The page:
The Deva Nature

It is the tendency of the human mind to try to apply distinctions universally. Therefore, we tend to want to classify people according to whether they are of the deva or the asura nature. Sri Aurobindo cautions us to recognise, however, that for most people, these distinctions are not at all relevant. “The distinction between the Deva and the Asura is not comprehensive of all humanity, not rigidly applicable to all its individuals, neither is it sharp and definite in all stages of the moral or spiritual history of the race or in all phases of the individual evolution. The tamasic man who makes so large a part of the whole, falls into neither category as it is here described, though he may have both elements in him in a low degree and for the most part serves tepidly the lower qualities. The normal man is ordinarily a mixture; but one or the other tendency is more pronounced, tends to make him predominantly rajaso-tamasic or sattwo-rajasic and can be said to be preparing him for either culmination, for the divine clarity or the titanic turbulence.”

The distinction can be applied to the individual of highly developed capacity, and depends on the turning of the focus and the action of the nature either toward the Divine or toward the fulfillment and aggrandisement of the ego. “The Deva nature is distinguished by an acme of the sattwic habits and qualities; self-control, sacrifice, the religious habit, cleanness and purity, candour and straightforwardness, truth, calm and self-denial, compassion to all beings, modesty, gentleness, forgivingness, patience, steadfastness, a deep sweet and serious freedom from all restlessness, levity and inconstancy are its native attributes.” This is not to say that the sattwic soul is weak. “…it has energy and soul-force, strong resolution, the fearlessness of the soul that lives in the right and according to the truth as well as its harmlessness…. The whole being, the whole temperament is integrally pure; there is a seeking for knowledge and a calm and fixed abiding in knowledge. This is the wealth, the plenitude of the man born into the Deva nature.”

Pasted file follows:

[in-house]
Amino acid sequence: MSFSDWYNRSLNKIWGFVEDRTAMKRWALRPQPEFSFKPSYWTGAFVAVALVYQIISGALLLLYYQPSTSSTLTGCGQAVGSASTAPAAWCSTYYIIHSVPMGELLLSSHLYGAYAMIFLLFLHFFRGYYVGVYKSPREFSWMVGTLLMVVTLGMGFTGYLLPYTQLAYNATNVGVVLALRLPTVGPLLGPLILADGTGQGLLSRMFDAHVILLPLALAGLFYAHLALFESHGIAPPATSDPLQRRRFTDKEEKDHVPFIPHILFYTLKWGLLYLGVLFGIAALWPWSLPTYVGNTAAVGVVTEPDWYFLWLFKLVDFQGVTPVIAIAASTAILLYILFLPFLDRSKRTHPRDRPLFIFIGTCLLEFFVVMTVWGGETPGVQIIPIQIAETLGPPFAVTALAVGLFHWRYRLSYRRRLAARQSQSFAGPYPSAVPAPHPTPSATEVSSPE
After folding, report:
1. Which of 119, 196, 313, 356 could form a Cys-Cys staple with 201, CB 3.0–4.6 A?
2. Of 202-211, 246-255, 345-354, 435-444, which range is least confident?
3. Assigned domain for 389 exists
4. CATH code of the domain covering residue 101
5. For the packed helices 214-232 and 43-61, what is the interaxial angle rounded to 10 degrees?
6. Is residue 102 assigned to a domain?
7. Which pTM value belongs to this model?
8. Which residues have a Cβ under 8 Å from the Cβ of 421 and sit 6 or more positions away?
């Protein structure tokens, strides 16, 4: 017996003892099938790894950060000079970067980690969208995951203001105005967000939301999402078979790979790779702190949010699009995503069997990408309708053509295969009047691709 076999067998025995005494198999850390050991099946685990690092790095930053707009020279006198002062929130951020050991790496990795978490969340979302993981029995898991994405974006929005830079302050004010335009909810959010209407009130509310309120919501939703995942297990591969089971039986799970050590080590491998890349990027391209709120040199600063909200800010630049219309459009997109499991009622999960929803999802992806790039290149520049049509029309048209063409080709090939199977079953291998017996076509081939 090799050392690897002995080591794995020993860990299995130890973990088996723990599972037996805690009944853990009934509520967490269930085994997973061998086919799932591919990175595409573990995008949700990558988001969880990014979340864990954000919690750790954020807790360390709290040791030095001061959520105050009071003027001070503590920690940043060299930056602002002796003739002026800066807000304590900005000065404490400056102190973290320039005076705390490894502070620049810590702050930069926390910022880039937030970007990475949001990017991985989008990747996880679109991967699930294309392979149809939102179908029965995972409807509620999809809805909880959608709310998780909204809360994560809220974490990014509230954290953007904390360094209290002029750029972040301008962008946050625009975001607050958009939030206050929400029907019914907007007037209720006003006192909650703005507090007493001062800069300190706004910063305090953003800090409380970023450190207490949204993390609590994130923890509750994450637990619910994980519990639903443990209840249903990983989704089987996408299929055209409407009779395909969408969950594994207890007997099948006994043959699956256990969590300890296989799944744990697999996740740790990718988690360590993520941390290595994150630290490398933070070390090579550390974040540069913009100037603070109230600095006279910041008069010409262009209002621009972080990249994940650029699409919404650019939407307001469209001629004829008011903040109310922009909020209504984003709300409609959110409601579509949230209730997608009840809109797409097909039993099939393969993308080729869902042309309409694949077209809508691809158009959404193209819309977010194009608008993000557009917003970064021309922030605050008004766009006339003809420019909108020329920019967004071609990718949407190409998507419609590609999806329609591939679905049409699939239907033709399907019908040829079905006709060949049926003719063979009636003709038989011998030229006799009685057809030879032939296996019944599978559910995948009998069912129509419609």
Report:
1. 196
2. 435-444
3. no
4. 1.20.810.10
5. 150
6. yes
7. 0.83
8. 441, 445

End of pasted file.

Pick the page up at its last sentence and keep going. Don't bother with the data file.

Arjuna actually represents the type of the Deva nature at the acme of human development. Even his paralysis at the inception of the battle of Kurukshetra has a sense of wideness, compassion and harmlessness in it. Sri Krishna makes it clear to Arjuna that fighting this battle for higher principles of right is not the same as the action of an Asuric man bent on inflicting suffering and pain in order to achieve egoistic domination over others; and therefore, Arjuna need not worry: he is of the Deva nature.

Sri Aurobindo, Essays on the Gita, Second Series, Part II, Chapter 17, Deva and Asura, pp. 455-456

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